Sorry but these have a non-detachable head. Removal is not that bad as long as you go slow and steady. I notice the original post states the engine is seized, this will definitely complicate things. I am not sure if you can lift the block clear with the pistons and con rods still in place as my engines were not seized when I dismantled them. The big end on the con rod is quite large so I have a feeling you may not be able to lift it up through the crankcase opening. That means you will most likely need to free the pistons in their bores before lifting the block, all the standard techniques are well documented on forums , net , etc so I won't waste space here. Time, ATF, heat ,cold, more heat, Lots of patience!! Keep us posted, your truck looks to be remarkably well preserved! Greg
  10. 1912Staver


    Yes , here in Canada there is substantial tax payer incentives for electric car purchases. A Tesla lists for about 12 times the amount of my last new { actually a 1 year old trade in} car. I had to pay every nickel of the price, anyone even thinking about a car as expensive as a Tesla should have to also pay the entire cost. I am tired of subsidising those with far deeper pockets than I have. Greg in Canada
  11. 1912Staver

    1920 Packard Truck

    As I mentioned above there is a very active Packard truck owners group { usually known as the "PTO"}. It is based in Pennsylvania however it has members in several country's . David Lockard is the central figure and main keeper of the flame for these old brutes. There is a very good factory manual available for the series E trucks . It was printed in both a regular version and a U.S. government WW1 military contract version. Both provide quite in depth information on the mechanical aspect of these trucks. They are often found on ebay at widely varying prices. There seems to be quite a few more manuals around than trucks so a bit of patience should turn one up at a reasonable cost. I think I paid less than $50.00 for my copy. If you see this in time there is one on ebay about to close for $35.00. The cover is a bit dog eared but that seems like a very decent price. Also a couple of others at closer to $100.00 They are great old trucks , you should expect years of interesting ownership. Greg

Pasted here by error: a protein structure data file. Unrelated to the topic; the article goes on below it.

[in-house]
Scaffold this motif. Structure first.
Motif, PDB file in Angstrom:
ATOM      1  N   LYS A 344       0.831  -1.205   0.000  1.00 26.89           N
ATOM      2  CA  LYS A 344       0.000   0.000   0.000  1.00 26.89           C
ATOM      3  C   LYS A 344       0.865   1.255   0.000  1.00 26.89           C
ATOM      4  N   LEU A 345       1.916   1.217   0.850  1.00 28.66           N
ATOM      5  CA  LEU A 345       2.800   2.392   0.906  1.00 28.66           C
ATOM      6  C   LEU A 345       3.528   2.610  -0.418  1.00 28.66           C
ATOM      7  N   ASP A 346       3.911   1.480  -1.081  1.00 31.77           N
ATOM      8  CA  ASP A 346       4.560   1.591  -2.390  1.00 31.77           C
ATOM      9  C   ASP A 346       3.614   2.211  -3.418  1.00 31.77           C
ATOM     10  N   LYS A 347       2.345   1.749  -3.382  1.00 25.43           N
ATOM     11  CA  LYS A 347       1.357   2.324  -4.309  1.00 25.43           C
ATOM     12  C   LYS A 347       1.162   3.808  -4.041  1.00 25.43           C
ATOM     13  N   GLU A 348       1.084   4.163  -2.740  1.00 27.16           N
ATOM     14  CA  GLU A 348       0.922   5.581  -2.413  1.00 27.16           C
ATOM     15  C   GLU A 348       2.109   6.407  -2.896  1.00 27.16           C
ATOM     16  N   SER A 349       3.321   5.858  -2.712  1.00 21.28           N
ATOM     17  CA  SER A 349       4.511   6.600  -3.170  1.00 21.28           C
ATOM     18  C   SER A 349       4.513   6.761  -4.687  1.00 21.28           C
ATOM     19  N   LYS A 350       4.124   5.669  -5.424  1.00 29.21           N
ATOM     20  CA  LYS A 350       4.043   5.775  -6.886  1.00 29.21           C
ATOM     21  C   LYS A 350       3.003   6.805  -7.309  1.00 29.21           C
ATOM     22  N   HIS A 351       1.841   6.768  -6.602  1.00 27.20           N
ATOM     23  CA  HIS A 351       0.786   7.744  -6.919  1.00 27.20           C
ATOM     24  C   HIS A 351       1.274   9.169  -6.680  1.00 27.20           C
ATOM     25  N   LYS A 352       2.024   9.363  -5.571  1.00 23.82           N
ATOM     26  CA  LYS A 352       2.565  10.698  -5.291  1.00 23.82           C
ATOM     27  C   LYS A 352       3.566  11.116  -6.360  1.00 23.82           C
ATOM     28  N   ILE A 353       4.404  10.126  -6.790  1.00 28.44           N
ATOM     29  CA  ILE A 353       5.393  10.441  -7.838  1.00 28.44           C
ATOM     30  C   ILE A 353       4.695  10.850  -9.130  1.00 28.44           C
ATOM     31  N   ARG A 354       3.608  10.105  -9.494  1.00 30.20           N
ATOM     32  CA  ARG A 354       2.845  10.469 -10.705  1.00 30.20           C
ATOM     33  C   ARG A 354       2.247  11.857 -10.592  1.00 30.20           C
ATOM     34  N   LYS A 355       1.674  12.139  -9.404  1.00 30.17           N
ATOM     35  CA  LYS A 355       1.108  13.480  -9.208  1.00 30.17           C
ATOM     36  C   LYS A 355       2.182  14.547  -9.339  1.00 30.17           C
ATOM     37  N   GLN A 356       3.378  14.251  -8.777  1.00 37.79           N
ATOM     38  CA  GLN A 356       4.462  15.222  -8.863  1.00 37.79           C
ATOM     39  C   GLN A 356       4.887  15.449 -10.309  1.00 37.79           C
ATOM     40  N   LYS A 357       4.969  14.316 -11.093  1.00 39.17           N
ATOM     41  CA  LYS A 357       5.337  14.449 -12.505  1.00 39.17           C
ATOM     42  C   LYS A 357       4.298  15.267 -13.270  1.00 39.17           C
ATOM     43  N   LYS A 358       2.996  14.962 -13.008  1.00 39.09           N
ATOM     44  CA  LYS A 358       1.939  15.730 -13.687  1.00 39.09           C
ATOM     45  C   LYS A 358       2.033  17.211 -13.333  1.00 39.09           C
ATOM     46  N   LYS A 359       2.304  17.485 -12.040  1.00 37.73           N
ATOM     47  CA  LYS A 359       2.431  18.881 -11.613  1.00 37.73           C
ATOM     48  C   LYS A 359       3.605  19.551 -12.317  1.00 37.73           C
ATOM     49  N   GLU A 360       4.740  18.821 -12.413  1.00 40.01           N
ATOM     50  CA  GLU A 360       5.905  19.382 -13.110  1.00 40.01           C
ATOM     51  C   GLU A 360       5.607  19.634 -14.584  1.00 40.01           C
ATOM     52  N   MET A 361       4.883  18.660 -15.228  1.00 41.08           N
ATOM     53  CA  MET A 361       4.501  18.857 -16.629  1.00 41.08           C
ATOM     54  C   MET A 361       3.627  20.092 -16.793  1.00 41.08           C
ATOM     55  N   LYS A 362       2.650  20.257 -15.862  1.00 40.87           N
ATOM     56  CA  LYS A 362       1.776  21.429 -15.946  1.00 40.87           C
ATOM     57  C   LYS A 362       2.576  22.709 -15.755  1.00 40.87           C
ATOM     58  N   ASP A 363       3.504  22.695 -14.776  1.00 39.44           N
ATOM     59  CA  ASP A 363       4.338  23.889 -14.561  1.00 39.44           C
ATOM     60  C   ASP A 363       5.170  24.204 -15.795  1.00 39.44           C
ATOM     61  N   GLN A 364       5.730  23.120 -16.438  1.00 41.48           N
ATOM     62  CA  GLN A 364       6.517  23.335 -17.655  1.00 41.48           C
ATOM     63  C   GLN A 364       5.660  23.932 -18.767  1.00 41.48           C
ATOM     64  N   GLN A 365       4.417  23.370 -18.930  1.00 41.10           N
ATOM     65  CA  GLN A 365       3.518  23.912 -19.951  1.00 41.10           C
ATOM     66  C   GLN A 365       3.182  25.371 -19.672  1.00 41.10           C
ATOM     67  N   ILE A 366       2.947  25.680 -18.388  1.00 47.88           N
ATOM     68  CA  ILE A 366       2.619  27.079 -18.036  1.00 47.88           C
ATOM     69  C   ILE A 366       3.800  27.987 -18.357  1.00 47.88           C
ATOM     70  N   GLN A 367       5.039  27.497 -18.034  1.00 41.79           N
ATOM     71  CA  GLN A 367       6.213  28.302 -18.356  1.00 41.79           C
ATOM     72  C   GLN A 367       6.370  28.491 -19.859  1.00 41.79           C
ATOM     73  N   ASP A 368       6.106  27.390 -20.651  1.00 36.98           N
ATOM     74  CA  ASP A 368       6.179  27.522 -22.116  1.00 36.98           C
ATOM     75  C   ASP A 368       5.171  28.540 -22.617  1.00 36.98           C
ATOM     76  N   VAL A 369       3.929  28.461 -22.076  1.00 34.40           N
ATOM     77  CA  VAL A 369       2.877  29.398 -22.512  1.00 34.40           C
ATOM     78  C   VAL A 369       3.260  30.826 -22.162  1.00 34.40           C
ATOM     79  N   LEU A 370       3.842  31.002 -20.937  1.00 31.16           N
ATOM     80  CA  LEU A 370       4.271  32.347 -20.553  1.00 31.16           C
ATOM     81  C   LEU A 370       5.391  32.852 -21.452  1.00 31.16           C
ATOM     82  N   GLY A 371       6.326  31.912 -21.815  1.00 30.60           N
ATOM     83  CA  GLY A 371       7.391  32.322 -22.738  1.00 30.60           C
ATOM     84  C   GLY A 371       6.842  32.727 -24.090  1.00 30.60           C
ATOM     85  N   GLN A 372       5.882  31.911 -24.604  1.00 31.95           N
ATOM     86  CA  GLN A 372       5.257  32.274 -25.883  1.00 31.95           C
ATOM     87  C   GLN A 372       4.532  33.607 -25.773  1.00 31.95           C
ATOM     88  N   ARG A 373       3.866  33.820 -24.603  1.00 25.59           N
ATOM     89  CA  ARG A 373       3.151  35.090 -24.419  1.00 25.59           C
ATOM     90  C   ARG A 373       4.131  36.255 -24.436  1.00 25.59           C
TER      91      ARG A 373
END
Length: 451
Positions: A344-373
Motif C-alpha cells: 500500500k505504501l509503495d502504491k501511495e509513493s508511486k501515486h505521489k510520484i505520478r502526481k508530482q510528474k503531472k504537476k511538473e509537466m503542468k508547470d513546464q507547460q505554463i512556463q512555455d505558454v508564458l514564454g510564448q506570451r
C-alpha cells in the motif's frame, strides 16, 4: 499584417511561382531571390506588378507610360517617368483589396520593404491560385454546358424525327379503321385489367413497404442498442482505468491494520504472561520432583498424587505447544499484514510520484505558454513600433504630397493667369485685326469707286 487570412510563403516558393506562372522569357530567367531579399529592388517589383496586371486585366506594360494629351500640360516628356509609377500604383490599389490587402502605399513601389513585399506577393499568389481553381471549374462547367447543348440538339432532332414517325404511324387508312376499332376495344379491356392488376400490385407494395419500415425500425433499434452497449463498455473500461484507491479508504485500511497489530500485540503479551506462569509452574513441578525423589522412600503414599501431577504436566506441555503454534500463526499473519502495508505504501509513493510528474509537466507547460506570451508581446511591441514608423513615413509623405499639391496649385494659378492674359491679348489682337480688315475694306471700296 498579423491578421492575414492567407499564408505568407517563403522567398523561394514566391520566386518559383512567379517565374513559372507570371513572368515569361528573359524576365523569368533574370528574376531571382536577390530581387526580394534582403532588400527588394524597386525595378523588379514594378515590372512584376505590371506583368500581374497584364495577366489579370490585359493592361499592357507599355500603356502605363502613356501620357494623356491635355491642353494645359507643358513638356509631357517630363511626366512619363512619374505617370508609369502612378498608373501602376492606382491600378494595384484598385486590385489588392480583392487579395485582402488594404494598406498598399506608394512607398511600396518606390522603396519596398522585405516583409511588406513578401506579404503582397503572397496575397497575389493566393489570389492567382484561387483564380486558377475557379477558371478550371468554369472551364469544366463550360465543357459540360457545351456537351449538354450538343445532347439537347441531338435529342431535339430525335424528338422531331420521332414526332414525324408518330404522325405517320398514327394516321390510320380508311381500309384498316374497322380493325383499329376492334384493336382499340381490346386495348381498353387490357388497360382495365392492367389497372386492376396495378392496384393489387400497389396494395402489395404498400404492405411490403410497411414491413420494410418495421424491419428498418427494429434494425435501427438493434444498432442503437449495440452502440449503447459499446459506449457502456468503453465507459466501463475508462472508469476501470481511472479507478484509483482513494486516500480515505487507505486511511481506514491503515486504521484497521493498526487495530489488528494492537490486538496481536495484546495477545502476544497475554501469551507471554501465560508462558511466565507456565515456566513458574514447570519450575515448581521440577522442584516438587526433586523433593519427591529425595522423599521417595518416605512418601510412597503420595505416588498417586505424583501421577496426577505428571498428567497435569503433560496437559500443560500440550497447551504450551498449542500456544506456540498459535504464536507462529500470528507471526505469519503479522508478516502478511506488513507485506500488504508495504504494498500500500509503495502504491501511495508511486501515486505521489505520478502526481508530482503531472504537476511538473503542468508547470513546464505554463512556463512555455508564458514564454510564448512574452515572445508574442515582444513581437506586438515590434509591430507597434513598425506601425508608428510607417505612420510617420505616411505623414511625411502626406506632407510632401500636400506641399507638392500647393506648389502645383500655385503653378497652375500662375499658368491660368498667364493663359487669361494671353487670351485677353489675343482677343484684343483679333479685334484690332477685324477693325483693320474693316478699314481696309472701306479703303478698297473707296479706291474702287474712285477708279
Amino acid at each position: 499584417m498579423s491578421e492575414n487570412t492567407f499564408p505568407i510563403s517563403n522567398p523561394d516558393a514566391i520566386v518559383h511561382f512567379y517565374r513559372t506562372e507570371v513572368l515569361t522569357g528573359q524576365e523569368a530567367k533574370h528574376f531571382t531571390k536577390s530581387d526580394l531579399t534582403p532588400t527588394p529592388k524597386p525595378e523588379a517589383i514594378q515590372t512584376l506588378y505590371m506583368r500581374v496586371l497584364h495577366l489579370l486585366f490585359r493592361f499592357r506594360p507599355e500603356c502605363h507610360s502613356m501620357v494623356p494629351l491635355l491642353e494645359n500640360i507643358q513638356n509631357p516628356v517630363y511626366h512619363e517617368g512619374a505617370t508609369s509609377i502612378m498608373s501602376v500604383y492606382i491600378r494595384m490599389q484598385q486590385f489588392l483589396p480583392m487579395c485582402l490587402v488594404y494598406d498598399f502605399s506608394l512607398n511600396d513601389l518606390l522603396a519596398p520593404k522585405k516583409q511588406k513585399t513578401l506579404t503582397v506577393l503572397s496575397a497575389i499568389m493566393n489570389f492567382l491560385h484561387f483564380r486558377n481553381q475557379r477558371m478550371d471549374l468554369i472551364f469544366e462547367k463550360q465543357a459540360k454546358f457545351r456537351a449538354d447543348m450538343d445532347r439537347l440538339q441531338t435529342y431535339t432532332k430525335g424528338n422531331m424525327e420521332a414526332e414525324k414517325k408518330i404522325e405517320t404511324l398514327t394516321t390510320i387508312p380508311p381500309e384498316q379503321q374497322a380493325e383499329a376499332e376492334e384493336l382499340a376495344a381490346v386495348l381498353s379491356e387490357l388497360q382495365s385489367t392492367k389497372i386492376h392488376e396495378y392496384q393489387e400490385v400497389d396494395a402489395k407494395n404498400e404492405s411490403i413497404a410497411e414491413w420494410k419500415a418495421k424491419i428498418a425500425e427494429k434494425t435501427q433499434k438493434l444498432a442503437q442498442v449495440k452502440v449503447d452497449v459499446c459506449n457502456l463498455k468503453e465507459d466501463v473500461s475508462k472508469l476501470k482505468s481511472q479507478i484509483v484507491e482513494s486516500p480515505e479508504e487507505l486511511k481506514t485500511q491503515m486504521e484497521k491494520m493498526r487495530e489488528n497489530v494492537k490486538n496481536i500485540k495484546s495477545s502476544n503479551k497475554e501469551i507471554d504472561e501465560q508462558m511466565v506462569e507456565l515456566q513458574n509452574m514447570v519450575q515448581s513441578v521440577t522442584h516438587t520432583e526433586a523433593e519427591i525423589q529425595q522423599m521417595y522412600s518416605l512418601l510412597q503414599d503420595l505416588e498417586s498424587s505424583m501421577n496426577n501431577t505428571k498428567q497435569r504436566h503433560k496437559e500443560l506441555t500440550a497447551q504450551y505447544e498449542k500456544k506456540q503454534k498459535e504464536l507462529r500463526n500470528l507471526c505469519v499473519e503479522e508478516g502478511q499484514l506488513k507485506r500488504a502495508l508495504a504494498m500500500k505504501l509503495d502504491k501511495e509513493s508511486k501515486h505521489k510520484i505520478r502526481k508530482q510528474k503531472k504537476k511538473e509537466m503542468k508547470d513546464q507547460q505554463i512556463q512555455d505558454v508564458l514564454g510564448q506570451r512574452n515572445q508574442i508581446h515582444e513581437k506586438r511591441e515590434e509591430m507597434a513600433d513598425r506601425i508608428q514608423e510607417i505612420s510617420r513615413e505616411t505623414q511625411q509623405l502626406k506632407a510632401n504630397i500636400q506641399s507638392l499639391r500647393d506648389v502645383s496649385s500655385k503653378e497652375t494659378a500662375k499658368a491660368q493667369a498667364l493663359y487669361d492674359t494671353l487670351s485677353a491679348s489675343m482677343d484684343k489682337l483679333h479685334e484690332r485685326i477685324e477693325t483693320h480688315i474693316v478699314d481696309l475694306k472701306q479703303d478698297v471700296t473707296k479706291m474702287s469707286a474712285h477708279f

12. 1912Staver


    The parts and repair situation can't help. Also, Elon seems to be equal parts genius, flake,and snake oil salesman. Greg in Canada
  13. 1912Staver

    ID these teens roadster doors?

    There were many makes, models, body styles in this time frame and in general terms they are frequently very similar. Positive I.D. can be quite difficult. A number of these cars or specific body styles are 100% extinct these days so odd leftover parts can pose a almost impossible challenge. The hinges definitely have a teens GM look to them however this may be a coincidence. Cadillac as suggested is certainly a place to start. Greg in Canada
  14. Some greases intended for marine use are very sticky. Even if water contamination does occur the extreme clinginess prevents corrosion { within reasonable limits}. Greg in Canada
  15. 1912Staver

    The Shape of Speed

    I actually liked the shape of the TR 7 and TR 8. TR7's were let down by bottom of the barrel mechanical components. Rover 5 speed came too late to save them. And the 4 cyl engine was plagued with problems in any version. TR8's on the other hand are very nice, just too little, too late, and if I recall correctly a bit too expensive for reasonable sales figures. TVR's of this era are even worse from a styling point of view. Very good cars under the skin if you can get over their "doorstop" appearance. Greg in Canada